At about 30-minutes into the recording, we continue with the subject matter for the Winter Retreat. Pairs of opposites. We hear a teaching on the concepts of birth and death, being and non-being, ultimate and conventional truth, sameness and otherness. Interbeing and the path leading us to the ultimate truth. Everything is a formation, a conditioned dharma. Samsara and nirvana. You may wish to review the video, Thay wrote on the board quite a bit for this segment of the talk.

There is a way a path to this wisdom of adaptation.

Nirvana and Samsara

December 27, 2012. Dharma talk given by Thich Nhat Hanh from Upper Hamlet at Plum Village. The sangha is in the 90-day Rains Retreat (Winter Retreat) and this is the the fifteenth dharma talk of the retreat with the theme Are You The Soulmate of the Buddha? The talk was originally given in French and this is the English translation.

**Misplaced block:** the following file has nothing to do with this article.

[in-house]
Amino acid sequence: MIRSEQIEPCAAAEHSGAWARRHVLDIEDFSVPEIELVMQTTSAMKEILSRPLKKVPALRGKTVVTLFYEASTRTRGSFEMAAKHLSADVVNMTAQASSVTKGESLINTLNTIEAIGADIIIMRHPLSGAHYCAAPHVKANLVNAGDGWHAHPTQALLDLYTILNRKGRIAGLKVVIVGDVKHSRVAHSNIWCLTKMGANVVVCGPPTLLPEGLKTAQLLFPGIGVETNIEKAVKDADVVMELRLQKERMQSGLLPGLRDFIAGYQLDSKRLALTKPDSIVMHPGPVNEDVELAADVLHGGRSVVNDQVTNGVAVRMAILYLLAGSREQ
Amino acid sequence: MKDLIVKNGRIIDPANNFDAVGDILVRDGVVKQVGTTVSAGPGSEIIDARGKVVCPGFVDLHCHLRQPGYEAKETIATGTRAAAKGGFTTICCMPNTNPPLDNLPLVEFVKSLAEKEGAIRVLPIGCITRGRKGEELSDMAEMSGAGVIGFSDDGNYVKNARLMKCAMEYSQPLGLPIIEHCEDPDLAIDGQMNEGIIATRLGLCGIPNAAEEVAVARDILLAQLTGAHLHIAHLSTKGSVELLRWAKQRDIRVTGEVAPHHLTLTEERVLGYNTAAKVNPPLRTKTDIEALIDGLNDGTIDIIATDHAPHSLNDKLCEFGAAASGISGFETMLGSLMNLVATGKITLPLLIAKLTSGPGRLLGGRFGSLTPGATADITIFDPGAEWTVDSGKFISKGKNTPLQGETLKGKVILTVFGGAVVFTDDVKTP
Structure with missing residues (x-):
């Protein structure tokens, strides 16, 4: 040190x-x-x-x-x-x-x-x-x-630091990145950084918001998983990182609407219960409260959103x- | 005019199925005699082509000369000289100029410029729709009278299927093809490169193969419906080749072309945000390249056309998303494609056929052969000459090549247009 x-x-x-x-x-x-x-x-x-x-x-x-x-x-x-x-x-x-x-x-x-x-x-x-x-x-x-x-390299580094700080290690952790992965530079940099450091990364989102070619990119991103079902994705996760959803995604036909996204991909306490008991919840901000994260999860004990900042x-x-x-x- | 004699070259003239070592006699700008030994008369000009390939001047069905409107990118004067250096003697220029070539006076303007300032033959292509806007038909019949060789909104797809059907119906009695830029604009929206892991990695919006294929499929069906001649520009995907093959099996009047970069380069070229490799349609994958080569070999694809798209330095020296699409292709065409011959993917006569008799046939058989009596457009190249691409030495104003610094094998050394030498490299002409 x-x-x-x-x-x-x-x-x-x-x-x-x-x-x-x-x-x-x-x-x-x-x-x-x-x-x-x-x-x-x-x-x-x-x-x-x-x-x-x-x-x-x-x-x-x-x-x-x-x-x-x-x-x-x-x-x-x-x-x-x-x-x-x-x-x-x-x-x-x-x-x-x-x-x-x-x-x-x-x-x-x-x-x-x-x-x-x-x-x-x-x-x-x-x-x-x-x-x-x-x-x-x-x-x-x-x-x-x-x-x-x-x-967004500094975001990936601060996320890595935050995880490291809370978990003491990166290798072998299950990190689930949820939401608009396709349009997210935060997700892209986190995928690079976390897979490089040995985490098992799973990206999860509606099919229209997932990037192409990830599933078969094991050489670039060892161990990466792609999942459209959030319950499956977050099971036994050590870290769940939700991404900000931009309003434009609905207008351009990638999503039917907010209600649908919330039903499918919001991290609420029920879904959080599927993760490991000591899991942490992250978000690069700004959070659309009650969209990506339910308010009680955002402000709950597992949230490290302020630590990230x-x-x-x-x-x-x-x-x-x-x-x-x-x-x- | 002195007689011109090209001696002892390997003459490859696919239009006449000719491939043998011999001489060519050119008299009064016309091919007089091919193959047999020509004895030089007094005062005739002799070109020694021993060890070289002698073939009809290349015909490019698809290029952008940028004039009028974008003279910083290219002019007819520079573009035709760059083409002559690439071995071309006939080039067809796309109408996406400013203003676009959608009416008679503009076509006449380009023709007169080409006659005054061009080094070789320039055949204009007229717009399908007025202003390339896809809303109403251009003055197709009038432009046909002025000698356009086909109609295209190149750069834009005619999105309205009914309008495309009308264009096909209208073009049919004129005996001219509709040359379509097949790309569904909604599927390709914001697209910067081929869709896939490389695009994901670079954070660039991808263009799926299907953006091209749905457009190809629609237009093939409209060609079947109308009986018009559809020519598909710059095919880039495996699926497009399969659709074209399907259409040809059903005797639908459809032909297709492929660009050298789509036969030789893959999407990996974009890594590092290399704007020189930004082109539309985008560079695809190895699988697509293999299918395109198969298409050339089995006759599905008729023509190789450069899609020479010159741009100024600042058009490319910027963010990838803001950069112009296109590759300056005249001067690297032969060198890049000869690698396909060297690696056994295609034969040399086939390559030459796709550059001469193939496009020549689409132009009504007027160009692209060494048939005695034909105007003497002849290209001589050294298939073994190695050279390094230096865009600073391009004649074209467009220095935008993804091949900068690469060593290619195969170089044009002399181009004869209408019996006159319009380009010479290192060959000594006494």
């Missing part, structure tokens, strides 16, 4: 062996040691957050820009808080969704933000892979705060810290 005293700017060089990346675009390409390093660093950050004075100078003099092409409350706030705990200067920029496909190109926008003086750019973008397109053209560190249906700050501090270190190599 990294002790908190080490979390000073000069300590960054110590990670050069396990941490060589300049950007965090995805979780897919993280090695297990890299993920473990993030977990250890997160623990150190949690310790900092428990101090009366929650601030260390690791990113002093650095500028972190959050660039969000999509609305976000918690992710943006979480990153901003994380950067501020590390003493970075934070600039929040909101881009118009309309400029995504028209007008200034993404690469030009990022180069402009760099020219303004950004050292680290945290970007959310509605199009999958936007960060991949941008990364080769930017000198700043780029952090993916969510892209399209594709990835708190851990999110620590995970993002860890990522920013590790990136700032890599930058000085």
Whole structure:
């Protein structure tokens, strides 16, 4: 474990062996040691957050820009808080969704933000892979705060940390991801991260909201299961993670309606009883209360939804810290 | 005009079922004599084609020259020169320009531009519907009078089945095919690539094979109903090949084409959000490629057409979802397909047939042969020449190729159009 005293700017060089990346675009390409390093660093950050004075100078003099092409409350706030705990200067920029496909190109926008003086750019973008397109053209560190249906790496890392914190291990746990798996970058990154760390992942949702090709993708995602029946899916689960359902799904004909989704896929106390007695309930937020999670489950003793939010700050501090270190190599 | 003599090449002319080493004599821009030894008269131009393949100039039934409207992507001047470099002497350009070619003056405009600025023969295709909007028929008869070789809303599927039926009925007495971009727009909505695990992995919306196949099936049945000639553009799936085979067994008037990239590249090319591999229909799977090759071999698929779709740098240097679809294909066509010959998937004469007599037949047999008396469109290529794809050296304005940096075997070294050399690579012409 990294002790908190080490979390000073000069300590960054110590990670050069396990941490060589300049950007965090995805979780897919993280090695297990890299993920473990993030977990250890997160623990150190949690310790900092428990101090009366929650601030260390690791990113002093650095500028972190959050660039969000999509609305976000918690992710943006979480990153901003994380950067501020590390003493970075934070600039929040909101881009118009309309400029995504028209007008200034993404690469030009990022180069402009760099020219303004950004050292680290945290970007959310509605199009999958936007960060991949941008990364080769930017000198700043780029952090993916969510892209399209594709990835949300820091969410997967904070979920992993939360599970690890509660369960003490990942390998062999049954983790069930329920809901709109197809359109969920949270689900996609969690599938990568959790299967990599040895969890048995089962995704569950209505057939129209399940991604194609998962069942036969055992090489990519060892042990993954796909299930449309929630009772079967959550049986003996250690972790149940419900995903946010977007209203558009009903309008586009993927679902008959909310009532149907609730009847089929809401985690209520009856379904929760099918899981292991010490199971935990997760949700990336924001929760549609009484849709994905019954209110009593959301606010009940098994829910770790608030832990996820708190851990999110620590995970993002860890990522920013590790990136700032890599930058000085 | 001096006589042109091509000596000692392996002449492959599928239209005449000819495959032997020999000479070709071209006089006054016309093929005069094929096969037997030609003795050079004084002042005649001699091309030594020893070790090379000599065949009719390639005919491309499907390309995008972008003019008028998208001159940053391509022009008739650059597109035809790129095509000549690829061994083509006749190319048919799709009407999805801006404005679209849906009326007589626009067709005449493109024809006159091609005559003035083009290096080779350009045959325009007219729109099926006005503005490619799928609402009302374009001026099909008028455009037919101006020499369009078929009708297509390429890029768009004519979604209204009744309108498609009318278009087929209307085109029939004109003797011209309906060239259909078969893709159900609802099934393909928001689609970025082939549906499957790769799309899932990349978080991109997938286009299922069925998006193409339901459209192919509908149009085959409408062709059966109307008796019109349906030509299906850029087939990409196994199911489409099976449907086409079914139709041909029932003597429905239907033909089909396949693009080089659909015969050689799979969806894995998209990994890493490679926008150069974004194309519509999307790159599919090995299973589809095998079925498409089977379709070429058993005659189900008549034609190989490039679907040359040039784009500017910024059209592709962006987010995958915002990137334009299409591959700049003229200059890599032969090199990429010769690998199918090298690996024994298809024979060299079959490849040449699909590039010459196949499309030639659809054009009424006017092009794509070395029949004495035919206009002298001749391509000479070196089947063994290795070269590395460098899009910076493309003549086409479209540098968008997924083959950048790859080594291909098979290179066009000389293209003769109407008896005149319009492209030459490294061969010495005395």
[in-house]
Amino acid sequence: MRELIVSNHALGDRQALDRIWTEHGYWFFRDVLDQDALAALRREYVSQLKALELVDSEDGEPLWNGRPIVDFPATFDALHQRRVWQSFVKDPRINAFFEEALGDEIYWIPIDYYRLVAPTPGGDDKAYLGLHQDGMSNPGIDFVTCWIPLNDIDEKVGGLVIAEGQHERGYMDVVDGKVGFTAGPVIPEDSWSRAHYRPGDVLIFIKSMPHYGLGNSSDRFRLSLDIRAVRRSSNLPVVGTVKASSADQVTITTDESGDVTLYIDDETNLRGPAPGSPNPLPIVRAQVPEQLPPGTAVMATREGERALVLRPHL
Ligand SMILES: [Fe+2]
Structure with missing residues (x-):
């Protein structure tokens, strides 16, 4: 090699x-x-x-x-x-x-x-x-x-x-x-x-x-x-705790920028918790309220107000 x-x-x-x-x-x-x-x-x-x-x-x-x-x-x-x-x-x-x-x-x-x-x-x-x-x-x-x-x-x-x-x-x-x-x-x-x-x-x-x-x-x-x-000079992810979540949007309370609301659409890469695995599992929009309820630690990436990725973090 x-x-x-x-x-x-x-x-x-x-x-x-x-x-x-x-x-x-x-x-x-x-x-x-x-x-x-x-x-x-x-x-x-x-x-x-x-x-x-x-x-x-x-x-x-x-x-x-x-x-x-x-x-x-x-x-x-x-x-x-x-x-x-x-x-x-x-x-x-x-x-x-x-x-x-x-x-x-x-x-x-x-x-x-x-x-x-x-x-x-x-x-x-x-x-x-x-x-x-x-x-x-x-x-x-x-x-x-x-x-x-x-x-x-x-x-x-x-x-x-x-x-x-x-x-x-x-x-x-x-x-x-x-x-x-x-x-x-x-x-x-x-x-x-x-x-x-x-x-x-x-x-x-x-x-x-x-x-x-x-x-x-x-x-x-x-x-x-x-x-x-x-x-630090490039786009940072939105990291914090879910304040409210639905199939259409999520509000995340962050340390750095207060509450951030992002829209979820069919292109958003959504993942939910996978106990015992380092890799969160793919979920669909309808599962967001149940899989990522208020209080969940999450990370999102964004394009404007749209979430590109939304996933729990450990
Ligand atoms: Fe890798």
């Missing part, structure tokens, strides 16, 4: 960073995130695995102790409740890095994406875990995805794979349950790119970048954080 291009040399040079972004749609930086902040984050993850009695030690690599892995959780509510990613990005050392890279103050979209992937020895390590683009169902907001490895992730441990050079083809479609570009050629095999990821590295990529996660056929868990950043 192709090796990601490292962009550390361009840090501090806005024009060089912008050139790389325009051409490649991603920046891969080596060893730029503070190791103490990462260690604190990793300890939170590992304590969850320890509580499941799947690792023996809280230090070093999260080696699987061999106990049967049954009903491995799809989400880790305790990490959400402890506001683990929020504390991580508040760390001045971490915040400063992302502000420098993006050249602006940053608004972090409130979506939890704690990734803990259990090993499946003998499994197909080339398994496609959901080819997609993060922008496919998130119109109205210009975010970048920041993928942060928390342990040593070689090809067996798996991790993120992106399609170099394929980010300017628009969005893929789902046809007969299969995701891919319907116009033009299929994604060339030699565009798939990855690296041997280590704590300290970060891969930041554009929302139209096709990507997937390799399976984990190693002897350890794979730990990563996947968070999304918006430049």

What does it mean to have a spiritual dimension in our life? Why is it important for daily life?

The Four Noble Truths and the path in the second versus the path in the fourth. Two paths to choose. To well being or to ill being. We in Plum Village look at these two paths with the eyes of Interbeing.

What creates suffering? How do we take care of our suffering? The path leading to awakening. How and how much time does it take to reach enlightenment? Enlightenment is available in every moment. There is no way to enlightenment, enlightenment is the way. This is the teaching of Interbeing.

Love and reconciliation. What is nirvana? Is nirvana possible? What is the relationship to samsara?

The Buddha taught the Three Dharma Seals.

  1. All formations are impermanent.